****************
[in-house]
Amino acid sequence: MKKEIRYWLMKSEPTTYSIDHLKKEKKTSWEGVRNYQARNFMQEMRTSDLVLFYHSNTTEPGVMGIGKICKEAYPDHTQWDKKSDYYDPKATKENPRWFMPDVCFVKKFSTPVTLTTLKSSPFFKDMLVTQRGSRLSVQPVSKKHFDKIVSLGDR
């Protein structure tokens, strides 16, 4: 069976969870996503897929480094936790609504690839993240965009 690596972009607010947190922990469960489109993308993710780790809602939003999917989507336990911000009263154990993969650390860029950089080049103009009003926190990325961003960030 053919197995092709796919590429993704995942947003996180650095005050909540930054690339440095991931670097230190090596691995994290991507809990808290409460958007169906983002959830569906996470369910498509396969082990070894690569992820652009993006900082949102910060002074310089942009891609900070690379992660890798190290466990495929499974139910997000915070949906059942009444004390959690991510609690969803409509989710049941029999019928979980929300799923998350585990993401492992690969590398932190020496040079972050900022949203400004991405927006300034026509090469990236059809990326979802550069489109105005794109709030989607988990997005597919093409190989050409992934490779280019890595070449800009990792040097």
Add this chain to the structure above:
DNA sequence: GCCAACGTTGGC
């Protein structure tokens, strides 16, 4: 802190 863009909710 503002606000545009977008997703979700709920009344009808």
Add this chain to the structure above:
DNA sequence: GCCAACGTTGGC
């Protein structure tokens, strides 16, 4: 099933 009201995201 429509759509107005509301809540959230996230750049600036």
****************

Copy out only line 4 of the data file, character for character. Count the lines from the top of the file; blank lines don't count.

Add this chain to the structure above: